Studies in health technology and informatics 01/2015; 210:652-6.
  • M. Serrano, I. Kikuste, M. Dinis-Ribeiro
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    ABSTRACT: The most immediate strategy for improving survival of gastric cancer patients is secondary prevention through diagnosis of early gastric cancer either through screening or follow-up of individuals at high risk. Endoscopy examination is therefore of paramount importance and two general steps are to be known in assessing gastric mucosa – detection and characterization. Over the past decade, the advent of advanced endoscopic imaging technology led to diverse descriptions of these modalities reporting them to be useful in this setting. In this review, we aim at summarizing the current evidence on the use of advance imaging in individuals at high-risk (ie, advance stages of gastric atrophy/intestinal metaplasia) and in those harboring neoplastic lesions, and address its potential usefulness providing the readers a framework to use in daily practice. Further research is also suggested.
    Baillière&#x027 s Best Practice and Research in Clinical Gastroenterology 12/2014; DOI:10.1016/j.bpg.2014.10.002 · 3.28 Impact Factor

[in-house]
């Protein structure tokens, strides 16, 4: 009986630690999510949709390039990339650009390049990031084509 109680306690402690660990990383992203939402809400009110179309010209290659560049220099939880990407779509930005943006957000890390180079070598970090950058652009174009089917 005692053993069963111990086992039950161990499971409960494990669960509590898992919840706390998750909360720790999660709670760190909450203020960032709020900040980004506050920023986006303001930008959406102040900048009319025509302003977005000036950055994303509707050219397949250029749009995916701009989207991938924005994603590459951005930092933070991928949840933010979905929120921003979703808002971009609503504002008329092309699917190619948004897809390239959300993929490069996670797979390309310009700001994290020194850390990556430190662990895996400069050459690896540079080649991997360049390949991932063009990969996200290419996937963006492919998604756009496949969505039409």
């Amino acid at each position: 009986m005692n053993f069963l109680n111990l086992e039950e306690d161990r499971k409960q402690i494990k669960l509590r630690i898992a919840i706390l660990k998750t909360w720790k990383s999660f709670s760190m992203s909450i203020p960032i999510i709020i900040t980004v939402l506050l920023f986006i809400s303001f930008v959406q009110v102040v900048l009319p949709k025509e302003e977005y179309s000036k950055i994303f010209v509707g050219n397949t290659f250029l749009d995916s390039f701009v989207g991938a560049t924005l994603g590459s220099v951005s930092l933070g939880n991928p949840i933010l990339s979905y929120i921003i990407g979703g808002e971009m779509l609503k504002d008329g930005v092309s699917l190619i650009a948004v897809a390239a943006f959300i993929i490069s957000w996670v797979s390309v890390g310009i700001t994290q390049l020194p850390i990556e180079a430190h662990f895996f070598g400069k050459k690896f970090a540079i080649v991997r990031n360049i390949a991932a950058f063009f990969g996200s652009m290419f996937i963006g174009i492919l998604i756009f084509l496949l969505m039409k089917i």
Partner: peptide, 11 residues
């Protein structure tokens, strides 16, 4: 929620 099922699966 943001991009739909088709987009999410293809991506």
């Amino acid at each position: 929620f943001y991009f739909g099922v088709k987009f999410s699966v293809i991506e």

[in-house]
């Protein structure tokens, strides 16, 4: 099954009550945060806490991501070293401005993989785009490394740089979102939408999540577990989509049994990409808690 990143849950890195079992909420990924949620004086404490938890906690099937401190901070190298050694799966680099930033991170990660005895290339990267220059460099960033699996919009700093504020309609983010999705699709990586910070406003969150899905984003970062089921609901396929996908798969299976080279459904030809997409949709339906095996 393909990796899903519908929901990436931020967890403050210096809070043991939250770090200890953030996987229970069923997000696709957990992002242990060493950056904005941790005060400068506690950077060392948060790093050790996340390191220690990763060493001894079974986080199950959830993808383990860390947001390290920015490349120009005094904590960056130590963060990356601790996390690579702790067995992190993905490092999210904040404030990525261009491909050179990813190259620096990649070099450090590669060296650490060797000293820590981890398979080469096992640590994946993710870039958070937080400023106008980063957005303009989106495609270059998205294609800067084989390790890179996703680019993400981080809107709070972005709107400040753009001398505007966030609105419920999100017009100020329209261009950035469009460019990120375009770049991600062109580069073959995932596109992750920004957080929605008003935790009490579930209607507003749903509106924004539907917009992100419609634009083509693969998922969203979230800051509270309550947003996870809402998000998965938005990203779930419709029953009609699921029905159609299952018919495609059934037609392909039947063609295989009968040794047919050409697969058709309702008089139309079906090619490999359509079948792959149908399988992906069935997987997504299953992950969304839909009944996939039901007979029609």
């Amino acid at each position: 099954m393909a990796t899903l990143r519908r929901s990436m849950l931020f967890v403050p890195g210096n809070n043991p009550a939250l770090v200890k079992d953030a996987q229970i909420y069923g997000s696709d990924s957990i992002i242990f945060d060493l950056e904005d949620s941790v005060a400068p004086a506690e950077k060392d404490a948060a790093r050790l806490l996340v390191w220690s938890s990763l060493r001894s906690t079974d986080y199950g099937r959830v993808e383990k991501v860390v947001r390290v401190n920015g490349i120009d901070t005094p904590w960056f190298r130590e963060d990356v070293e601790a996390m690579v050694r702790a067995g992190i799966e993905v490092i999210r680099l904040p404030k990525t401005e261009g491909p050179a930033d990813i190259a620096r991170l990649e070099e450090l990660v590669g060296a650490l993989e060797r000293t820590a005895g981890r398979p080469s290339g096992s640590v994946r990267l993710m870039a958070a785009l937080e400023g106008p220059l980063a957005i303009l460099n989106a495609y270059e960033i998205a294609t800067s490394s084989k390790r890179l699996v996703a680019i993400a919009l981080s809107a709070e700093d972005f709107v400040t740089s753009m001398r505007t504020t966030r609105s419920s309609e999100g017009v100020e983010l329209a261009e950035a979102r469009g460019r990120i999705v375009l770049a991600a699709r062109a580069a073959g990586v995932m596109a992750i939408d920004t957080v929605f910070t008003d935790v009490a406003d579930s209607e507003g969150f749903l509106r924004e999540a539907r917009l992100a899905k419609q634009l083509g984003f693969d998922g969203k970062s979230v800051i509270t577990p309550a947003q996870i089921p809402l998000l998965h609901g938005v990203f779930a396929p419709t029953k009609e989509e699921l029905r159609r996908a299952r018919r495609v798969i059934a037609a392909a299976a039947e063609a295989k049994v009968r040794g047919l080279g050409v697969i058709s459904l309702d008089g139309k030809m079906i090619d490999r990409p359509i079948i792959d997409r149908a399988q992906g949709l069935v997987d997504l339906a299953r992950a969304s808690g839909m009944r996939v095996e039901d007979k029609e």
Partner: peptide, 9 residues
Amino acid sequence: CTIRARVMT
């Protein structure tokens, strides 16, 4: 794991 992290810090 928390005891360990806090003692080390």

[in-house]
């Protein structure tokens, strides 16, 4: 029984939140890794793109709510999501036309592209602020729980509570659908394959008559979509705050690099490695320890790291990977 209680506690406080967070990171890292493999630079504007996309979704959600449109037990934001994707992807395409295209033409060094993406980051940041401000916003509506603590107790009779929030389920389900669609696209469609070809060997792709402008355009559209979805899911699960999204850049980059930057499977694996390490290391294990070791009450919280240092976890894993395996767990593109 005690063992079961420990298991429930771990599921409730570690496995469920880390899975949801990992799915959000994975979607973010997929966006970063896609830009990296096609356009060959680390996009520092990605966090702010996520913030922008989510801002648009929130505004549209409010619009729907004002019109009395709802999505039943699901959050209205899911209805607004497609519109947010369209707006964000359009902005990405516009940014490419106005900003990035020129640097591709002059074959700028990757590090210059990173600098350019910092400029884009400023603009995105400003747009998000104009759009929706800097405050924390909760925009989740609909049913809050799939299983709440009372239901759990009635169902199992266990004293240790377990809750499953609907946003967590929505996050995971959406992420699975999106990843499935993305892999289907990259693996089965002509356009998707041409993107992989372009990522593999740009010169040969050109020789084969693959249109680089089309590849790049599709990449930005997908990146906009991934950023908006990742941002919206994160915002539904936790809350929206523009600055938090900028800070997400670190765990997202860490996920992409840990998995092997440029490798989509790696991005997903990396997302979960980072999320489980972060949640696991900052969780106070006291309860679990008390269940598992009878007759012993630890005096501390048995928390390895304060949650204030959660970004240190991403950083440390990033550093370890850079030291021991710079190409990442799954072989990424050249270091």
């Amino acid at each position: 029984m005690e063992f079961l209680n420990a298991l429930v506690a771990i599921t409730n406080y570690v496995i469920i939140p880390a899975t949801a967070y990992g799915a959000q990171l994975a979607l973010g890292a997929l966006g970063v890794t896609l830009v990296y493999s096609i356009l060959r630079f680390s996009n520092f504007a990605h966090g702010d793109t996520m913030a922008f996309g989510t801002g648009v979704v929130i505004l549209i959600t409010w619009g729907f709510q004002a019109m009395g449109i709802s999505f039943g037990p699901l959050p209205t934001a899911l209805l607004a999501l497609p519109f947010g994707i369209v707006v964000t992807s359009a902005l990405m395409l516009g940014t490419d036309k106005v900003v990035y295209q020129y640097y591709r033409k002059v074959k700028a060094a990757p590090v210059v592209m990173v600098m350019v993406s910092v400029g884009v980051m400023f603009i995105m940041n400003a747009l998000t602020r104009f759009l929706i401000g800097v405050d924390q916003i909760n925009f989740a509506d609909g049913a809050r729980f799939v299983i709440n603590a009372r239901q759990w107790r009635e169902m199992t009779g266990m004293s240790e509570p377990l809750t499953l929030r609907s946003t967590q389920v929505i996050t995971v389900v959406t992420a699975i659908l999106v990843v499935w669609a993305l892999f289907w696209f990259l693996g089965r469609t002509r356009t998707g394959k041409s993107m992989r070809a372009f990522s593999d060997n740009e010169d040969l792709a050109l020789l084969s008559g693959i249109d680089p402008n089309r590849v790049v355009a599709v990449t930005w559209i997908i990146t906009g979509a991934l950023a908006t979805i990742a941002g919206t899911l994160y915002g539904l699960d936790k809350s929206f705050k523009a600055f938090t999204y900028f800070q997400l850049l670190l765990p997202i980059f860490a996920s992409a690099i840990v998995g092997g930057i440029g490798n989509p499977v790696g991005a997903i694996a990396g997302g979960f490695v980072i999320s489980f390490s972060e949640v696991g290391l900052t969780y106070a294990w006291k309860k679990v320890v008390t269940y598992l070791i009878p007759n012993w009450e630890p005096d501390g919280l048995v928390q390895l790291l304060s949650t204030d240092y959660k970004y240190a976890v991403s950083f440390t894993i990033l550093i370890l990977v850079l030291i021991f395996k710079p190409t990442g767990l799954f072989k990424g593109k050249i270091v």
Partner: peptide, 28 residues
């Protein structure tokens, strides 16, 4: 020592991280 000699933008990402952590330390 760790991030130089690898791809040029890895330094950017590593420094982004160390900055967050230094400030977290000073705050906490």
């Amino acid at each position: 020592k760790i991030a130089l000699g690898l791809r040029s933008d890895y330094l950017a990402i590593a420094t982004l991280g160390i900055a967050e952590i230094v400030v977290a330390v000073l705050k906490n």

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    ABSTRACT: A recent review of economic studies relating to gastric cancer revealed that authors use different tests to estimate utilities in patients with and without gastric cancer. Our aim was to determine the utilities of gastric premalignant conditions and adenocarcinoma with a single standardized health measure instrument. Cross-sectional nationwide study of patients undergoing upper endoscopy (n=1,434) using the EQ-5D-5L quality of life (QoL) questionnaire. According to EQ-5D-5L, utilities in individuals without gastric lesions were 0.78 (95% confidence interval: 0.76-0.80), with gastric premalignant conditions 0.79 (0.77-0.81), previously treated for gastric cancer 0.77 (0.73-0.81) and with present cancer 0.68 (0.55-0.81). Self-reported QoL according to the visual analogue scale (VAS) for the same groups were 0.67 (0.66-0.69), 0.67 (0.66-0.69), 0.62 (0.59-0.65) and 0.62 (0.54-0.70) respectively. Utilities were consistently lower in women versus men (no lesions 0.71 vs. 0.78; premalignant conditions 0.70 vs. 0.82; treated for cancer 0.72 vs. 0.78 and present cancer 0.66 vs. 0.70). The health-related QoL utilities of patients with premalignant conditions are similar to those without gastric diseases whereas patients with present cancer show decreased utilities. Moreover, women had consistently lower utilities than men. These results confirm that the use of a single standardized instrument such as the EQ-5D-5L for all stages of the gastric carcinogenesis cascade is feasible and that it captures differences between conditions and gender dissimilarities, being relevant information for authors pretending to conduct further cost-utility analysis.